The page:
Opposition feels it has lost its best chance of defeating Modi. BJP, on the other hand, is secretly happy that all ‘real’ issues can be forgotten.
The only problem with prediction is that it cannot cope with too much uncertainty. Models of prediction rely on the old patterns repeating themselves. As long as the future can behave like the past, except for random errors, one can forecast the future. When an event happens which is completely new or has occurred only rarely in the past, it is hard to gauge its effect on the future. Prediction to be accurate needs lots of stable patterns in the past to make it easy.
This is what has happened in India over the last fortnight. Election predictions were looking at past trends in terms of voting behaviour by caste, language, region, economic variables, etc. A sort of consensus had emerged that the BJP will be the largest single party. Beyond that, people were unwilling to commit. BJP was forecast to get anywhere between 150 to 210 seats with caveats as to whether it would form the government with its coalition partners. Congress was forecast to increase even more than double its current number of seats. Its Grand Alliance could just drag it above NDA if BJP score low.
Then the Saint Valentine’s Day massacre took place at Pulwama. India waited for a fortnight and retaliated. The match was over when Pakistan returned the Indian pilot. Each side thought it had won, which is the ideal outcome in any battle. This was an unanticipated event and of a very low frequency. It has upset all predictions.
The BJP is not openly jubilant electorally but thinks it has a cushion now and its single party majority is not out of the question as it looked like being after the multiple defeats in state elections last December. Congress is desperate to downplay Indian success and wants to make it an ‘Army good/Modi bad’ story out of it. Either way, the Opposition is getting desperate. It may lose its best chance of defeating Modi. BJP, on the other hand, is secretly happy that all ‘real’ issues can be forgotten. Victory has been guaranteed by the barrel of a gun or a missile shot from an aircraft.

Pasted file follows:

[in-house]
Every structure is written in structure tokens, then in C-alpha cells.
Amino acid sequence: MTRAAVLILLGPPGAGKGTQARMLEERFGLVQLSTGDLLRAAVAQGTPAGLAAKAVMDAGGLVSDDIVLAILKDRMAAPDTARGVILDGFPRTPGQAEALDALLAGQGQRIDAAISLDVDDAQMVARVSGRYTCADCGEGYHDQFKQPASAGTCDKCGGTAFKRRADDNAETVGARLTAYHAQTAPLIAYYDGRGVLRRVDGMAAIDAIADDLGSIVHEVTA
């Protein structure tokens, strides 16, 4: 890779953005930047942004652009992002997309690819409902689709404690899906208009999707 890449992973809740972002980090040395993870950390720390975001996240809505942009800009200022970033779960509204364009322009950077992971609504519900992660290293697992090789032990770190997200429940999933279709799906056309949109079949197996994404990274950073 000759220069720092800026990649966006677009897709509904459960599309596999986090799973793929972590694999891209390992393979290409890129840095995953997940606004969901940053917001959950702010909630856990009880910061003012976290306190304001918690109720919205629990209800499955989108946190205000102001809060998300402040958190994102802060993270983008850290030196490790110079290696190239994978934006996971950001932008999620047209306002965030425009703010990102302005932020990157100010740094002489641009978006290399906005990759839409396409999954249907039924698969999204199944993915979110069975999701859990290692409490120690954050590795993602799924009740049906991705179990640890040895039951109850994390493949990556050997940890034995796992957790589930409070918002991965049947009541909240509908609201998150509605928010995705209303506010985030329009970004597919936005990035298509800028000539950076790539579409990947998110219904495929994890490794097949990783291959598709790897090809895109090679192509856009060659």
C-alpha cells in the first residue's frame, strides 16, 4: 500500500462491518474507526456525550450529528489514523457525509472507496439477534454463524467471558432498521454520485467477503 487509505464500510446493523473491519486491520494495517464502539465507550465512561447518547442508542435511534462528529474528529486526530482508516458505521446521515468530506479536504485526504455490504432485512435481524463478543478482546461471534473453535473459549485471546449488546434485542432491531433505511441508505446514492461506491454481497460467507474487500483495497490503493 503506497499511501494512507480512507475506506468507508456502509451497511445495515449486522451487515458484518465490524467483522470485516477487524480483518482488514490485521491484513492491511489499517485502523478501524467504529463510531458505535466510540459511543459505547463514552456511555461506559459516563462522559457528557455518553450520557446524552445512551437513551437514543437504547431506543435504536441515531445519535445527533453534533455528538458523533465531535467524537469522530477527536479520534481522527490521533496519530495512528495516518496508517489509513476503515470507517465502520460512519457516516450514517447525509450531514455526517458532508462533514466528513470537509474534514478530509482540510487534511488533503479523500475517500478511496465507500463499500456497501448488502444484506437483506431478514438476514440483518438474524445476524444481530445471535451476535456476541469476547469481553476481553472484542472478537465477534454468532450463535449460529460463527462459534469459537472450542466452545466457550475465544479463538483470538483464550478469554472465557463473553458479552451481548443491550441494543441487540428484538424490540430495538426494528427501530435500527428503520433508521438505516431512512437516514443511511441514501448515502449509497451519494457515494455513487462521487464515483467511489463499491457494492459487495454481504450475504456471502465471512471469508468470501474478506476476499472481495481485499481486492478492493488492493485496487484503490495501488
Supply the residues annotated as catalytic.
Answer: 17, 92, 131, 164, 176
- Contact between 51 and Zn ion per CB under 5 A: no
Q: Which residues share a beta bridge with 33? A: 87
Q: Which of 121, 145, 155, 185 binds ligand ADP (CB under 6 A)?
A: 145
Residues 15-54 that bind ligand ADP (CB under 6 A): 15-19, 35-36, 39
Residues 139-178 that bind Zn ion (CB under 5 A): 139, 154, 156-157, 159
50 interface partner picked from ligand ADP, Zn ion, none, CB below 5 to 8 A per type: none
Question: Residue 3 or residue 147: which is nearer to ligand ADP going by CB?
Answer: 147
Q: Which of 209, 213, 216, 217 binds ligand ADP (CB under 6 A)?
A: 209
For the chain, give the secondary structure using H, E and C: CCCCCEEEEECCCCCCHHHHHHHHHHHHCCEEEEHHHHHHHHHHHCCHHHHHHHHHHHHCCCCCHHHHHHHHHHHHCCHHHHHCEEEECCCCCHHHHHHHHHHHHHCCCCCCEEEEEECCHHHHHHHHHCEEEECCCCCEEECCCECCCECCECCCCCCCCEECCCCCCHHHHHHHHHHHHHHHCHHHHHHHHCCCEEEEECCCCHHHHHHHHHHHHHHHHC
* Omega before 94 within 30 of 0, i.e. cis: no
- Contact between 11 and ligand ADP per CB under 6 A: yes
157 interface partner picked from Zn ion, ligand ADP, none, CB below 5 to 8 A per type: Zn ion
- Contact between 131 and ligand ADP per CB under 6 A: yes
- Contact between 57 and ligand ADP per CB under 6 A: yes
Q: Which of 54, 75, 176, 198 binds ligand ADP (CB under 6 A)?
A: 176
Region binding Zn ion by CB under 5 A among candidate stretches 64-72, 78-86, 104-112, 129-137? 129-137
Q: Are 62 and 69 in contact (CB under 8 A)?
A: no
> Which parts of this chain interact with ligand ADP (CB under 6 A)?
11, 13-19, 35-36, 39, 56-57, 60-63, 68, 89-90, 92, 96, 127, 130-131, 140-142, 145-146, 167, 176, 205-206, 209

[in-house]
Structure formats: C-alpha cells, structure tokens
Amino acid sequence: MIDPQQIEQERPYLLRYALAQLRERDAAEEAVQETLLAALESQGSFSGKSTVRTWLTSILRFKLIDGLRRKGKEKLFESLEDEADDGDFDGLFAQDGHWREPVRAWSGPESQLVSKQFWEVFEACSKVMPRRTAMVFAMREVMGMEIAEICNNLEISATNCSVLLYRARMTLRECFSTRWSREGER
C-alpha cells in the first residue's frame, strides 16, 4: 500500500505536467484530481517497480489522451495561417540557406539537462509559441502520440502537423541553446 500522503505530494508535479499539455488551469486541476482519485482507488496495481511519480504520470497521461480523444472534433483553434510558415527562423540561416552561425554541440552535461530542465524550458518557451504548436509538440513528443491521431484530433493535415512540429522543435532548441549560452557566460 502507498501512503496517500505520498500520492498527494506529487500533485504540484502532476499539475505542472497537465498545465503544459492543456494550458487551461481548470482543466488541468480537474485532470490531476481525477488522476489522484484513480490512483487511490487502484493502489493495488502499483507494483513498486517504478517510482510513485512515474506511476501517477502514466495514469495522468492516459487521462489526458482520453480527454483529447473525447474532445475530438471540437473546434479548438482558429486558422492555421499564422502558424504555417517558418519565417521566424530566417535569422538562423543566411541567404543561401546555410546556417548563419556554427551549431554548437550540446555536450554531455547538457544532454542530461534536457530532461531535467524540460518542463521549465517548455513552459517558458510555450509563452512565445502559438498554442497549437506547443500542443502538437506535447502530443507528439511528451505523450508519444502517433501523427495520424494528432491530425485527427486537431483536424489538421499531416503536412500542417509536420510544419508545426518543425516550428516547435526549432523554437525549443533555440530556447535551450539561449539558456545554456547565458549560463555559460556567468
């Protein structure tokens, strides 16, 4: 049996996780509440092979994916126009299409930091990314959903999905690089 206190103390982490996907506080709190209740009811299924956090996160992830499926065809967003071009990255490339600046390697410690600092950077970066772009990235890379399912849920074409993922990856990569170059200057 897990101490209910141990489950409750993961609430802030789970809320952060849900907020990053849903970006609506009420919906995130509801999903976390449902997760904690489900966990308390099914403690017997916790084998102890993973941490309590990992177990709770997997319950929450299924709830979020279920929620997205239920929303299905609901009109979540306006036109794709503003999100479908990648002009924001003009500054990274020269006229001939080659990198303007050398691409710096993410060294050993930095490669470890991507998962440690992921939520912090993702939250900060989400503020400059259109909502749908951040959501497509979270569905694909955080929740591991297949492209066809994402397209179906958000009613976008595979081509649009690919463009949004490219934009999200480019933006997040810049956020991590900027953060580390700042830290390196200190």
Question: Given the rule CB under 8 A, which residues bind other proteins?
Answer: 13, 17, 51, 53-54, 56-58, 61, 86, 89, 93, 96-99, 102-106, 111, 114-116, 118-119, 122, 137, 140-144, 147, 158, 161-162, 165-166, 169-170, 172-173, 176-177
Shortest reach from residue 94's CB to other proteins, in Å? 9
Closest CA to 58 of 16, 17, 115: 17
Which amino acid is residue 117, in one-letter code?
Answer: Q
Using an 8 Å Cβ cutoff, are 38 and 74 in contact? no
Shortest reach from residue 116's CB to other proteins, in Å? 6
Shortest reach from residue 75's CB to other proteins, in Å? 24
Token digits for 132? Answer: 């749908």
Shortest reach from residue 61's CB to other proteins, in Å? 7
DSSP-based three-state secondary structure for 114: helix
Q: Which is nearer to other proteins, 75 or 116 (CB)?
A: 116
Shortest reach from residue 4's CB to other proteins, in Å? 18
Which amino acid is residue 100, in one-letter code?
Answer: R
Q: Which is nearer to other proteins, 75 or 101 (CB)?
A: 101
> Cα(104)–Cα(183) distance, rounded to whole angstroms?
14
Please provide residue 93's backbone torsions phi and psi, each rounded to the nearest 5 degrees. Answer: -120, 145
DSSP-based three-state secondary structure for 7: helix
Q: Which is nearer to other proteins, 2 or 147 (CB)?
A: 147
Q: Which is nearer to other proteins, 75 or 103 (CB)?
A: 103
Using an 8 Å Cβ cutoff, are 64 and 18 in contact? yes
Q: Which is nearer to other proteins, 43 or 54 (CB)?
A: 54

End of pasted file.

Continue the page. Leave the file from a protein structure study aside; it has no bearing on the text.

In fact, no one knows. There is no certainty that the skirmish will necessarily help BJP. In the UK elections, there is the story that the Falklands War helped Thatcher win the 1983 elections despite the economy being in stagflation. Even there, the Conservatives were in the lead before the Argentinians began their attempt to take over the Falklands. People, even the unemployed, felt Thatcher deserved a longer period to change the failing economy.
Modi can also be favourably seen as someone halfway through transforming the Indian economy. He is hoping people will see how much he has done and yet how much remains to be done. His opponents want people to think that Modi overpromised and underdelivered. The balance is slightly in Modi’s favour in my view but, cautiously, I put the BJP seat count pre-Pulwama at no more than 230. Will the skirmish help Modi?
The main point of uncertainty is that the war may not be over yet. Though the skirmish belongs to a class of events of low frequency, no encounter has been this short. Both sides may be congratulating themselves too soon. The terrorist who is the third player in this game is unpredictable. He has not won nor does he ever stop. It very well could be (though I hope not ) that another major case of large casualties may hit India and, at that stage, the conflict may get prolonged. Then, the BJP will have to govern while fighting the election, if the conflict has not come to an end before the end of the election campaign.
At that stage, all bets are off about who will benefit or lose from the military campaign. The Election Commission is about to announce its timetable any day now. If a war breaks out after the timetable has been set, it would require a consensus on behalf of all political parties to postpone the election.
There is no precedent for it nor is it clear who has the last word on this tricky question. There are limits on what the incumbent government can or cannot do during an election. But a military battle has to be fought and only the government, still in office, can fight it.
But a vigorous contest with open debate is impossible under such circumstances. Even the aftermath of Balakot has been clouded by controversy, fake news and conjectures. The Indian political system could face its toughest test if an election had to be conducted under wartime circumstances. The only hope is that the unpredictable will not happen. Let us all whistle in the dark.
(The author is a prominent economist and labour peer)